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Alexander Alekhine vs Ramon Rey Ardid
Zaragosa (1944), Zaragosa ESP, rd 2, Apr-09
Spanish Game: Closed Variations. Worrall Attack Delayed castling line (C86)  ·  1-0
ANALYSIS [x]

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Kibitzer's Corner
Jan-28-04  mjk: 9.d4? -- Alekhine
Jun-14-05
Premium Chessgames Member
  WannaBe: Sorry it took a year and six month to answer mjk, from the book by Alekhine, 107 Great Chess Battles 1939-1945. Alekhine himself wrote this in reference to 9.d4:

This move, so simple, has not yet been tried out in master praxis, but it merits at least a mention in the theoretical manuals. I have played it once and, in spite of the success obtained, I shall not do so again because subsequent analysis persuaded me that black can easily obtain equality at least. In this game Dr. Rey Ardid falls into an inferior position solely because he allows himself to be influenced by preconceived ideas.

Dec-22-05  alicefujimori: In tribute to the "opening of the day".
Mar-22-06  Whitehat1963: So what's the finish?
Mar-23-06
Premium Chessgames Member
  Pawn and Two: This is game 2 of their 4 game match, played in Zaragoza, April 8-12, 1944. Game 2 was played on April 9th. The final score for this match was Alekhine +1, Rey Ardid 0, =3.

The following post-mortem notes are by Alekhine and Rey Ardid, as given in the book, "A. Alekhine Agony of a Chess Genius":

<Black's resignation is justified, for he has a lost game. However, White had yet to show his advantage after 23...Nf6 (the only move to prevent White from winning the queen by b2-b3).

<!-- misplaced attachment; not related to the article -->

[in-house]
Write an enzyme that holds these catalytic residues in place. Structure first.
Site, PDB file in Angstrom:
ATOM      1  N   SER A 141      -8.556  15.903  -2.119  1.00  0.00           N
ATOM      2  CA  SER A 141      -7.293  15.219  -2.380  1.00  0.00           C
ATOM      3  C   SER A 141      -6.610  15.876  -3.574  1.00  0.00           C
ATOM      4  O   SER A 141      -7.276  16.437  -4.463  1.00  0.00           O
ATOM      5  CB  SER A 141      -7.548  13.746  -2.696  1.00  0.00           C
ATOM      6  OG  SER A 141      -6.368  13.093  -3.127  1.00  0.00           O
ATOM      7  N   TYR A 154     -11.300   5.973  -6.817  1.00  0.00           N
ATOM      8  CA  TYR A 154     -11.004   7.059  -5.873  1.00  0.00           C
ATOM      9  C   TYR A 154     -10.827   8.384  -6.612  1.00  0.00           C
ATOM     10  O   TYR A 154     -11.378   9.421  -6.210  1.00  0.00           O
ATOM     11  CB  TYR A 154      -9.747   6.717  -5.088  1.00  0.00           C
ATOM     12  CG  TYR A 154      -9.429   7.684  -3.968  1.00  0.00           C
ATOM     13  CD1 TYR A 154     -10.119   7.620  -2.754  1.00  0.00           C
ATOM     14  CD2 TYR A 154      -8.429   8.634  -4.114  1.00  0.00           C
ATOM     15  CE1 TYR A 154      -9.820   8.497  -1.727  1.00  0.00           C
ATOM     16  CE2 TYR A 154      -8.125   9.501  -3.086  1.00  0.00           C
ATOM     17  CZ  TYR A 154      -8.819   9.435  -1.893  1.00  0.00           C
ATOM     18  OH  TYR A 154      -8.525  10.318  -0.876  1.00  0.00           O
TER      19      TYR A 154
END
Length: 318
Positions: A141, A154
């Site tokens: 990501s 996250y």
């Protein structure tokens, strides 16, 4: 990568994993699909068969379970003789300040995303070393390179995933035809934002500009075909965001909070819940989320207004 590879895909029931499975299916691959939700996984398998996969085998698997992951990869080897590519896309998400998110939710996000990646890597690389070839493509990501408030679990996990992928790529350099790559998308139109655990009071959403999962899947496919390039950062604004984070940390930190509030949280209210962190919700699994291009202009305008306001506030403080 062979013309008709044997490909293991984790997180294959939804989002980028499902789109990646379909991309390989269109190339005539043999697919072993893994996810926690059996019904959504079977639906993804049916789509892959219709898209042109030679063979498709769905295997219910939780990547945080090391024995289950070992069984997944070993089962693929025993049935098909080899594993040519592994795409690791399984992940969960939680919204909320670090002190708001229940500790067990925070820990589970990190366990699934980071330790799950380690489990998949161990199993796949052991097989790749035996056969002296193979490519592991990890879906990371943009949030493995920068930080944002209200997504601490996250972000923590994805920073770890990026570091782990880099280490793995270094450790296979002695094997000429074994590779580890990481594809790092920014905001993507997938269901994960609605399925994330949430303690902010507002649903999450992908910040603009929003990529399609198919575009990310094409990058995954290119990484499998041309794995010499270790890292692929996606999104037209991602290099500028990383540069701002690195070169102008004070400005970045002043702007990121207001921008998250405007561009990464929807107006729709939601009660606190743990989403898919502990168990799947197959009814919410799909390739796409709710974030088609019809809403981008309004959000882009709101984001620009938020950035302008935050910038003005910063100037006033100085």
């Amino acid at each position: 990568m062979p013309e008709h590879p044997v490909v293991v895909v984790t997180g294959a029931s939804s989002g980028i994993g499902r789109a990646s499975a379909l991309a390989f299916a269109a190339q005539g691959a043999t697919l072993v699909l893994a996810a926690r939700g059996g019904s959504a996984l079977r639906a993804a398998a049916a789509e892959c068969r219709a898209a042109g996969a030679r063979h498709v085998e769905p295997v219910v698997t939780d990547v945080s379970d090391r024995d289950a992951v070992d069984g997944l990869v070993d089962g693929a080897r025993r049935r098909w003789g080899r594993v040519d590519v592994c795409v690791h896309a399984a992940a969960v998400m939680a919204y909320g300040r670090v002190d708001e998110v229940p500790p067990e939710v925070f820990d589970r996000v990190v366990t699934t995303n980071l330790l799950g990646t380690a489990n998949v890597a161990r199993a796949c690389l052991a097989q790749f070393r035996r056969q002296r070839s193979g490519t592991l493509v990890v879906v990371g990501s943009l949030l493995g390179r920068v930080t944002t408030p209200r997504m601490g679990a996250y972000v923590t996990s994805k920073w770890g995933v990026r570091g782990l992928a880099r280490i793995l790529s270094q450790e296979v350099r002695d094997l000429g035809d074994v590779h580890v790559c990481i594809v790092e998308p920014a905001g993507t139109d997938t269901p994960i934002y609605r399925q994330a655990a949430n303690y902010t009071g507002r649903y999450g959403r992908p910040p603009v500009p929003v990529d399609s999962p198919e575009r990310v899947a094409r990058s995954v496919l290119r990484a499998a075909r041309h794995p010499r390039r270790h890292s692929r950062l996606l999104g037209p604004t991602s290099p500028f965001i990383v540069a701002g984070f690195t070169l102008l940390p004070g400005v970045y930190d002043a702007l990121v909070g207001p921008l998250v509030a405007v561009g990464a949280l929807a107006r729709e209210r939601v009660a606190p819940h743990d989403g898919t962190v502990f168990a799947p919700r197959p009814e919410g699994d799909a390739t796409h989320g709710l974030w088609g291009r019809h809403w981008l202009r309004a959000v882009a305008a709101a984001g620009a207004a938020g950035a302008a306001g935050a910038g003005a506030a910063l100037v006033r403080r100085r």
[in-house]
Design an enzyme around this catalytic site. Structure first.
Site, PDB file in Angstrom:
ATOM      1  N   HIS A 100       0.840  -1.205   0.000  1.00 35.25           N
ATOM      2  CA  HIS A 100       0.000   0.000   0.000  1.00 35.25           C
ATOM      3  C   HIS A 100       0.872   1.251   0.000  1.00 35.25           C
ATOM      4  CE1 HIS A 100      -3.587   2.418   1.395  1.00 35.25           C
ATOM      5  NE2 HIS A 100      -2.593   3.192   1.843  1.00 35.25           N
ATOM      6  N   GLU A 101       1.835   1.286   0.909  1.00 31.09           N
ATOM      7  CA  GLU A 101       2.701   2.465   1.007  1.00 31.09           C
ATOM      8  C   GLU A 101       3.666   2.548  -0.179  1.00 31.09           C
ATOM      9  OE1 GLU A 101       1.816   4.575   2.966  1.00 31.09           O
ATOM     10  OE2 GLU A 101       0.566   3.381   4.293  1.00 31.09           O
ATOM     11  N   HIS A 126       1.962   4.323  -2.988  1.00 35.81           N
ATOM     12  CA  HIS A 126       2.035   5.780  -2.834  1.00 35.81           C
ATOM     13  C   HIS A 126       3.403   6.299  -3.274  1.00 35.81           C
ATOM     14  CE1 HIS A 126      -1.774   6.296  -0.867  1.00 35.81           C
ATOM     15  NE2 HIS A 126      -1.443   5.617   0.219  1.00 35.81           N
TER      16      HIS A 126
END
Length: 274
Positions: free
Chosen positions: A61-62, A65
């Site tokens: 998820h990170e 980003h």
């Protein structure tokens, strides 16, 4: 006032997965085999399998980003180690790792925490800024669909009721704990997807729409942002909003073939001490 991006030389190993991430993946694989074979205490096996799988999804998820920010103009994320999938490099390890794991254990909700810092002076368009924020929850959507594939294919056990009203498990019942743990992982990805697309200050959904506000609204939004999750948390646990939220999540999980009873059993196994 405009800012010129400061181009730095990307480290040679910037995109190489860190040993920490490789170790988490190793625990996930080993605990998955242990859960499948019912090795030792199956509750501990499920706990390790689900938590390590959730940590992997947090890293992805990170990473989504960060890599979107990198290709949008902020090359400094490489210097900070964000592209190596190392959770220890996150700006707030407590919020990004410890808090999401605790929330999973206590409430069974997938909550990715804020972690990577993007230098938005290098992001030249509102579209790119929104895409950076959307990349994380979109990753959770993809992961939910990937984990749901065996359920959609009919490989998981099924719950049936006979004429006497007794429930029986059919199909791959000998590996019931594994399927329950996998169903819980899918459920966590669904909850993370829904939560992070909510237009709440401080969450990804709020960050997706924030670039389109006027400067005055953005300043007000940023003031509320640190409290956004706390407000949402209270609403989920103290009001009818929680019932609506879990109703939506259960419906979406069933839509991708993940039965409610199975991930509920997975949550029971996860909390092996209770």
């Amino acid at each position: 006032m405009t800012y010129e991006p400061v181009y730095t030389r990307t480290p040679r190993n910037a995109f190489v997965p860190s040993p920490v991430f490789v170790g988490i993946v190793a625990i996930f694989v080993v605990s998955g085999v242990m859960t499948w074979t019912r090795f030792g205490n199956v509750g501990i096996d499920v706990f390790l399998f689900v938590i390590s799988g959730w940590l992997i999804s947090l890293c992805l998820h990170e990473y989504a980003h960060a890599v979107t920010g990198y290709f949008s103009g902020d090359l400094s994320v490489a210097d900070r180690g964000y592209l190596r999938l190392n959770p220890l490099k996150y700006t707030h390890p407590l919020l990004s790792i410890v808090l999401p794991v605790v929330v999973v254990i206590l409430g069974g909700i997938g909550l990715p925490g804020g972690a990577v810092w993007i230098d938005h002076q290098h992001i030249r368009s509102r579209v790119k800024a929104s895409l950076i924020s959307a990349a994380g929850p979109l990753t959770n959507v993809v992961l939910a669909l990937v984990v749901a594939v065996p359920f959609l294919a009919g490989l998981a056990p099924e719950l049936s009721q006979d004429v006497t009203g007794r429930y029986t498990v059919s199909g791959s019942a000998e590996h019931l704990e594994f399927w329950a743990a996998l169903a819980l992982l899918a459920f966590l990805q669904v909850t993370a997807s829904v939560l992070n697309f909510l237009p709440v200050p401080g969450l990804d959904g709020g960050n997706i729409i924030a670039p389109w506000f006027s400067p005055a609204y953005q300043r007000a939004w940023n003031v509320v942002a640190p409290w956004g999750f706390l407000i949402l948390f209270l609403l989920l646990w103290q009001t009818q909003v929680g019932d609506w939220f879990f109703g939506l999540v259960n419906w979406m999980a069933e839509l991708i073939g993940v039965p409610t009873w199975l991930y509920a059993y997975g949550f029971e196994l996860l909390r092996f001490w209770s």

The continuation would have been 24.Bg5 Nd5! 25.Bxd8 Kxh6 (or after 25...Rxd8, the prosaic win 26.Nxe5 Qf4 27.Nxc6 Rd6 28.Ng4 Bxf5 29. Qd2, etc.) 26.Rxd5! cxd5 27.Bf6! (threatening Qd2+, etc) gxf5;

(if 27...Bxf5 28.Qd2+ Qf4 29.Bg5+, etc.
And if 27... e4 28.Qd2+ e3 29. fxe3 Qe4 30.Ng5! Qxe3+ 31.Qxe3 Rxe3 32.Nf7+ Kh5 33.g4 mate)

28. Qd2+ f4 29. Nxe5 and wins.>

.

Mar-29-07
Premium Chessgames Member
  Gypsy: <... The continuation would have been 24.Bg5 Nd5! 25.Bxd8 Kxh6... > Why, ...23...Nf6 24.Bg5 Nd5 and 25.Nd2... looks simple enough. The queen is lost and all Black gets back is two pieces.
Mar-30-07
Premium Chessgames Member
  Pawn and Two: <Gypsy> After 23...Nf6 24.Bg5 Nd5 25.Nd2, how do propose to continue if Black plays 25...Qe2?

After 25...Qe2, I do not see a win for White. The Black Queen is one unruly hostage and does not appear to be lost at all.

Mar-30-07
Premium Chessgames Member
  Gypsy: <Pawn and Two> You are right (26.Re1 Qh5). In fact, it is a realy cool riddle.
Dec-20-13  Sho: Adroit play.
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